Decisions: Home Gym Trim & Flooring Issues

It’s been a very frustrating past couple of days because I had set out to get lots of work done in the home gym (while mulling over my options for the master bathroom vanities since I can’t find the trim I need), and I had hoped to move full steam ahead so that I could have lots of progress to show you today.

Well, that didn’t happen. The last couple of days has been a whole lot of spinning my wheels and going absolutely nowhere.

After reading all of your comments and suggestions about the home gym crown molding (whether or not I should use crown molding in this room), I decided that I would go ahead and install the crown molding, and then decide after that if I wanted to use the curtains. But I was also going to do a little something different that a couple of people suggested, and that is to carry the stripes ONTO the crown molding. It’s different, but I thought the fun and unexpected touch would be great in a home gym where things don’t have to be taken so seriously.

The problem? I couldn’t get the crown molding installed!!! I don’t now what the problem was, but I’d nail in one side of the crown molding, and then as I worked my way own the piece of crown molding on the wall, the crown simply would not snug up against the ceiling. I pushed with all of my might, and still couldn’t get it to sit up against the ceiling.

I could kind of bend the crown so that it would sit against both the wall and the ceiling, but that made the spring angle totally wrong, which meant that the corners wouldn’t meet up.

I’ve never had that much trouble with crown molding before. I tried it once and couldn’t get it to work, so I took it down and tried again. The second time didn’t work either. Generally, the only time that happens is when the ceiling is very unlevel, but this ceiling doesn’t look that unlevel to me. So I have no idea why that happened, but I decided to forgo the crown molding.

Of course, taking that crown down not once, but twice, left me with these unsightly gouges in the wall that then needed to be repaired. And you can see why I wanted crown in the first place. Since that was my plan from the beginning, I didn’t really strive for perfection when painting the area where the wall meets the ceiling.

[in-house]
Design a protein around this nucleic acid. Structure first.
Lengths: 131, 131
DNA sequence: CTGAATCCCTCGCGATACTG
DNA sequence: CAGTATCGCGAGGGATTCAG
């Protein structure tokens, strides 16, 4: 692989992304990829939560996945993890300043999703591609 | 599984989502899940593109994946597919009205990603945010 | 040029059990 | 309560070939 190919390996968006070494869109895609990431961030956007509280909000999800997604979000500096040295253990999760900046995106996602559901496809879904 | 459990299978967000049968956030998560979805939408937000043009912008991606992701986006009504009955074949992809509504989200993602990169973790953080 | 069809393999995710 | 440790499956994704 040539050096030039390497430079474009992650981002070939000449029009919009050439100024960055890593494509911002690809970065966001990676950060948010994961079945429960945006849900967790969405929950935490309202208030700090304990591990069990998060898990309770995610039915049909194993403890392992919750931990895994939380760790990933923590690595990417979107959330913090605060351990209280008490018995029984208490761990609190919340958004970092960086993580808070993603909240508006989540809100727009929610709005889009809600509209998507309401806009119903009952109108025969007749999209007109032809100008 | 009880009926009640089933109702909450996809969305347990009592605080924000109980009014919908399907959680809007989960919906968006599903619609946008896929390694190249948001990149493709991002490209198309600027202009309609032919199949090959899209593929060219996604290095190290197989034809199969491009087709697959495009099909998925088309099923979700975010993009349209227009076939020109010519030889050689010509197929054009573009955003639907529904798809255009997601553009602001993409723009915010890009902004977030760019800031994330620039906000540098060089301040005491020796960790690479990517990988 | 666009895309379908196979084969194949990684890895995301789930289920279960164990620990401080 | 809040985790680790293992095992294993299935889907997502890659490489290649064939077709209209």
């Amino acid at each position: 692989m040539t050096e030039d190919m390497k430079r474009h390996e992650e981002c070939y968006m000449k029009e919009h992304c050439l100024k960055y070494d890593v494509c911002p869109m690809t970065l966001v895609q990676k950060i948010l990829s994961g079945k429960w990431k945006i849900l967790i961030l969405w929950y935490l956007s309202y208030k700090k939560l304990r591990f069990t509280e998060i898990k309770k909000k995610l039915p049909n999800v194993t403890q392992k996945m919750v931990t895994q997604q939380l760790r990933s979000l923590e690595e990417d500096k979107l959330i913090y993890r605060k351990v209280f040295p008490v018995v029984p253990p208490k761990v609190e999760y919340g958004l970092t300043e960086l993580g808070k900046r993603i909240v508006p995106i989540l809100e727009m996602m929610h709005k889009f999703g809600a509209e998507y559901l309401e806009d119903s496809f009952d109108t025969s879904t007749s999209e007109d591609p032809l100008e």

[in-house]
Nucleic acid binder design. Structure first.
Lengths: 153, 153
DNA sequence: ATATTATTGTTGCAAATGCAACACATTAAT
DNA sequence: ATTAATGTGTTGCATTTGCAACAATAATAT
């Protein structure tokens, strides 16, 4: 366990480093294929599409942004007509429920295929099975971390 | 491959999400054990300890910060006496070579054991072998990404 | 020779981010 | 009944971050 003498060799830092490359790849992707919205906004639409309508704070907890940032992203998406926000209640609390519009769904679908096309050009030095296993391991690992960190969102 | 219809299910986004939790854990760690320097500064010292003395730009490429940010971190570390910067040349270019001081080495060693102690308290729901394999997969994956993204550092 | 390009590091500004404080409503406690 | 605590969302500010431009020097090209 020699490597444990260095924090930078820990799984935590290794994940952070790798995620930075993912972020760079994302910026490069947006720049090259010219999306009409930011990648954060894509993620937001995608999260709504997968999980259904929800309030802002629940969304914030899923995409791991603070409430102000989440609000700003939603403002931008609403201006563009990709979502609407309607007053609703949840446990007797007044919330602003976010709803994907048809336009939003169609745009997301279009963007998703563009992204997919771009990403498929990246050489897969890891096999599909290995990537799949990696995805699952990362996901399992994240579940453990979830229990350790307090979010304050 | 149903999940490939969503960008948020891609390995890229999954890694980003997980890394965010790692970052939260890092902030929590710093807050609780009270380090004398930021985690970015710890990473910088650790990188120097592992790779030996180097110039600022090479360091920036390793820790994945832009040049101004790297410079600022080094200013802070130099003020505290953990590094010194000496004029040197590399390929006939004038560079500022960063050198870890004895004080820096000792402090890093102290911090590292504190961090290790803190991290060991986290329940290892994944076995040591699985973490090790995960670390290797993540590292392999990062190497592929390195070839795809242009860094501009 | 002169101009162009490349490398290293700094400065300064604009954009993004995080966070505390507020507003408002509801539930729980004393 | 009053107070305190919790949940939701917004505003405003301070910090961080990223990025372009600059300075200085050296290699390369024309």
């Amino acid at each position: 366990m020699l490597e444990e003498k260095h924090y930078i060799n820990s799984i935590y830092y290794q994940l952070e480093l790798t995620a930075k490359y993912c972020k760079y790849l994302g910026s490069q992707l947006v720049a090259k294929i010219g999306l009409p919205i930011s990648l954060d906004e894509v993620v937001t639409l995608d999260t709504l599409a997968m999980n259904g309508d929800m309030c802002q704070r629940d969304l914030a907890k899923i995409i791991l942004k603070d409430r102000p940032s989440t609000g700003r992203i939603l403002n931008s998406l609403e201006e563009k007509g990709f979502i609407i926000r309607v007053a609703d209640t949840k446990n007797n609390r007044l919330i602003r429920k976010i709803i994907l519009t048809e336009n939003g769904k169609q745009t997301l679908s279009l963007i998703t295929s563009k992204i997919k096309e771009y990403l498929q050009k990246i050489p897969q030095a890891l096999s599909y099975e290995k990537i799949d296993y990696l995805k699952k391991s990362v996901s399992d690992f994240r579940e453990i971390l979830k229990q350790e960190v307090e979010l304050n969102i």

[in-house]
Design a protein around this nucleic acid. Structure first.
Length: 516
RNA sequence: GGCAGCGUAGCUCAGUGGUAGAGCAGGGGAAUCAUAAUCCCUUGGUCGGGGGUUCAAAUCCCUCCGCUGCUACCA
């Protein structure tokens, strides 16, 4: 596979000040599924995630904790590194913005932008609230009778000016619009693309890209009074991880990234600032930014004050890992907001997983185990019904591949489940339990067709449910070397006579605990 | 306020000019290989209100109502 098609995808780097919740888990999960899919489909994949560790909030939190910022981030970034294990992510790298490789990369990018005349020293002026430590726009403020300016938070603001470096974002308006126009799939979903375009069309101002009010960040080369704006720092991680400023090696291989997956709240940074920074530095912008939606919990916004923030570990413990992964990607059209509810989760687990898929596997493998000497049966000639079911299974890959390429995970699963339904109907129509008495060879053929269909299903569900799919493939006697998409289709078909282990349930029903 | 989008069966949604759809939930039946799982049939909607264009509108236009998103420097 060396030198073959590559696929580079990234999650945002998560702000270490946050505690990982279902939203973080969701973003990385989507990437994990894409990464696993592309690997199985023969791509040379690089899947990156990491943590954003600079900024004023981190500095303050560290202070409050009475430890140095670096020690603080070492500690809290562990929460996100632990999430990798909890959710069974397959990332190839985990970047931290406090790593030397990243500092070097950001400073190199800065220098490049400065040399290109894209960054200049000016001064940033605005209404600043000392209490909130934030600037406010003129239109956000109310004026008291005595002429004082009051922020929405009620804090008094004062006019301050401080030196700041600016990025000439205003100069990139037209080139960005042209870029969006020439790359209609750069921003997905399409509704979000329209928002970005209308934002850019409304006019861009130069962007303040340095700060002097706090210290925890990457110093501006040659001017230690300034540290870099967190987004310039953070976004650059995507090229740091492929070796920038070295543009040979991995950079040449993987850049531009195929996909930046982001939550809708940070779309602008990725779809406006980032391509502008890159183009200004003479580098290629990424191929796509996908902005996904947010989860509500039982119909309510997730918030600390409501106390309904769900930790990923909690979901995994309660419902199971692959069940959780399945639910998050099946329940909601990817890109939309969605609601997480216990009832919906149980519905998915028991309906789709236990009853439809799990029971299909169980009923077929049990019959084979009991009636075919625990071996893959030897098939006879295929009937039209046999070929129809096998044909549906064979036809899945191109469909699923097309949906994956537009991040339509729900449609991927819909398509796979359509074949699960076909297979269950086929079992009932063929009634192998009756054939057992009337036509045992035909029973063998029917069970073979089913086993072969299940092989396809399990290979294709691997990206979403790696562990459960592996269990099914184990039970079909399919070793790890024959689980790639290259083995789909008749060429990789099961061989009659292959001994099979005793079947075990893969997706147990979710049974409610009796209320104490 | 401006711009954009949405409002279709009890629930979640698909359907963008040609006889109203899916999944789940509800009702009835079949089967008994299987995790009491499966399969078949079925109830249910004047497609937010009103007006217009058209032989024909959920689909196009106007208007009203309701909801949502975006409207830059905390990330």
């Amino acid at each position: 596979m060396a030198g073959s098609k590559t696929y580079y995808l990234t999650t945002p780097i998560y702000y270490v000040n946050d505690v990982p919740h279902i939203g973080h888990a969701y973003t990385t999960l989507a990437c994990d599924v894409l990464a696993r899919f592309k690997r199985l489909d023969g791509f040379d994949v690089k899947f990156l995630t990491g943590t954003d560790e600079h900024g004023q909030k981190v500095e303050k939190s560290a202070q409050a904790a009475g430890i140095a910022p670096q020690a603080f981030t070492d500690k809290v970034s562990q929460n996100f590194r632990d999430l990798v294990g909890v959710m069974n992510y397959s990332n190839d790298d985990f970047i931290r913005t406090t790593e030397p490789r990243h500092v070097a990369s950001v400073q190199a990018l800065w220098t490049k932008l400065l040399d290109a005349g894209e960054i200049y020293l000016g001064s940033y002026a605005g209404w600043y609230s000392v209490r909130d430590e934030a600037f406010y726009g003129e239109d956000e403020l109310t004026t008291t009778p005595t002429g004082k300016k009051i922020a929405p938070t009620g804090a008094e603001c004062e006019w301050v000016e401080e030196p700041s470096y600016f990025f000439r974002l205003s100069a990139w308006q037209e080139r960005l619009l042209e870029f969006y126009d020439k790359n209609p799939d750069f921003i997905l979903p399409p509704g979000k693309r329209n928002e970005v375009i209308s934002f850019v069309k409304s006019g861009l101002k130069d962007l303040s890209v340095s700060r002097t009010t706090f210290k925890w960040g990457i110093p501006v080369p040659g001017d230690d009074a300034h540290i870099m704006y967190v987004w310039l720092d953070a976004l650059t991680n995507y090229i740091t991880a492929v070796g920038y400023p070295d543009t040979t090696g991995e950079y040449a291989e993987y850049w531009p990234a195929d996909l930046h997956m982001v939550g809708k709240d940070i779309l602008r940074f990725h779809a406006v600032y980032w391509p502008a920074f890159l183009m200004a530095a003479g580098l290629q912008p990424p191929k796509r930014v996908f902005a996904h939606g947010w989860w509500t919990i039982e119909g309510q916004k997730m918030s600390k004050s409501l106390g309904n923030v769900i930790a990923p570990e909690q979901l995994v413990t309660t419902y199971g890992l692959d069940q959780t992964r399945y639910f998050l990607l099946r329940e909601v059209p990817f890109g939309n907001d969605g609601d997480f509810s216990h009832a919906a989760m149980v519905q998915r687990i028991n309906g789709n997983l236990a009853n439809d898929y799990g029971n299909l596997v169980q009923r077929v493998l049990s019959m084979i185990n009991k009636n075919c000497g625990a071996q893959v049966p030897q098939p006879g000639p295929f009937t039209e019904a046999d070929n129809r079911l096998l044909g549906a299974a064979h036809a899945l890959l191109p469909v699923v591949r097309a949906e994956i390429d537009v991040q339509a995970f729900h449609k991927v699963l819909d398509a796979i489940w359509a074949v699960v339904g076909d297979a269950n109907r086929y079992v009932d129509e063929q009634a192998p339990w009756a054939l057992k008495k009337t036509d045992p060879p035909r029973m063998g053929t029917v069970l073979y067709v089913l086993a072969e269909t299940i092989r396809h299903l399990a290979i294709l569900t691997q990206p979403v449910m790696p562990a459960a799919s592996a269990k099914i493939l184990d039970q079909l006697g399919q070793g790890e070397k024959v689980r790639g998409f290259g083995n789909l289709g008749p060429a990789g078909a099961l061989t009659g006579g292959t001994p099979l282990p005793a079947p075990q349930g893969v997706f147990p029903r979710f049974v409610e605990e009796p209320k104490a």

And it’s like that around the entire room. So if I left off the crown molding, I would have to touch up every single one of those stripes to make a crisp line where the wall meets the ceiling.

But with my crown molding fail, not only was I left with a very uneven area at the ceiling, but I was also left with these divots all along the longest wall and the short wall where the doorway is.

So I broke out the drywall compound and filled those divots that pulled out of the wall with the nails.

I have to admit that that whole episode was incredibly frustrating. I wasted so much time on that, and to end a day of working by being several steps behind where I started the day was so discouraging.

So yesterday, I really needed a quick win, and spending hours and hours touching up stripes is not my definition of a quick win. So I took the advice that so many of you gave me and bought some very small trim to go at the top to cover up that area where the paint job isn’t great, and to leave me with a nice, crisp end to the stripes. And as so many of you suggested, I installed the trim, which is about 1.25 inches wide and 3/8 inch thick, on the ceiling instead of the wall.

This was so much easier than touching up all of those individual stripes, and I think once it’s caulked and painted, it’ll pretty much disappear, keeping the stripes as the main star of the room.

Also, I made a decision on the flooring in this room. My decision is that the all of it needs to be replaced — the flooring as well as the subfloor. I have no idea why this room doesn’t have a vapor/moisture barrier between the hardwood flooring and the subfloor like the rest of the original hardwood flooring does, but it needs it.

And this room also has 1″ x 10″ and 1″ x 8″ lumber as a subfloor as well, complete with knot holes, gaps, etc. All of the parts of the house that still have the original flooring have that as well, but those areas have the vapor/moisture barrier, so it’s not as big of a deal to me. But I would imagine that this room not having a solid subfloor PLUS having no vapor barrier is what has contributed to that one board rotting, and I wouldn’t be surprised if there’s some hidden damage under the rest of the flooring as well.

All of that to say that the long-term plan is that this room needs a new subfloor and new flooring. BUT…there’s no way I’m doing that right now. I just want these two rooms (home gym and master bathroom) finished right now, and there’s absolutely no way I’m going to go backwards right now.

So for now, I removed the part of that one board that was completely rotting, and checked the subfloor underneath it. It looked like an old piece of lumber, but there wasn’t any bug damage or rot in the boards. And then, instead of taking the time to carefully cut and install a new red oak floor board, I just filled the gap with Loctite spray foam.

This foam, when it dries, is incredibly dense and hard. And it also expands to several times the original size. I sprayed it last night before I went to bed, and this is what it looked like this morning. 😀

So then I just used my long, flexible serrated knife to cut off the excess flush with the flooring.

Again, this brand of foam is incredibly dense and hard, unlike some other brands of spray foam I’ve used, so with it being so close to the wall, I’m certain it will be fine as a temporary solution. I’ll put the foam gym flooring squares right over this, and no one will ever know…

home gym foam flooring

And then at some point in the future (perhaps when we tackle our big addition), I can take up the foam squares and have this flooring and subfloor completely replaced. That will also give me peace of mind for the long run since we’ll be able to check all of the floor joists for any damage once the subfloor is taken up.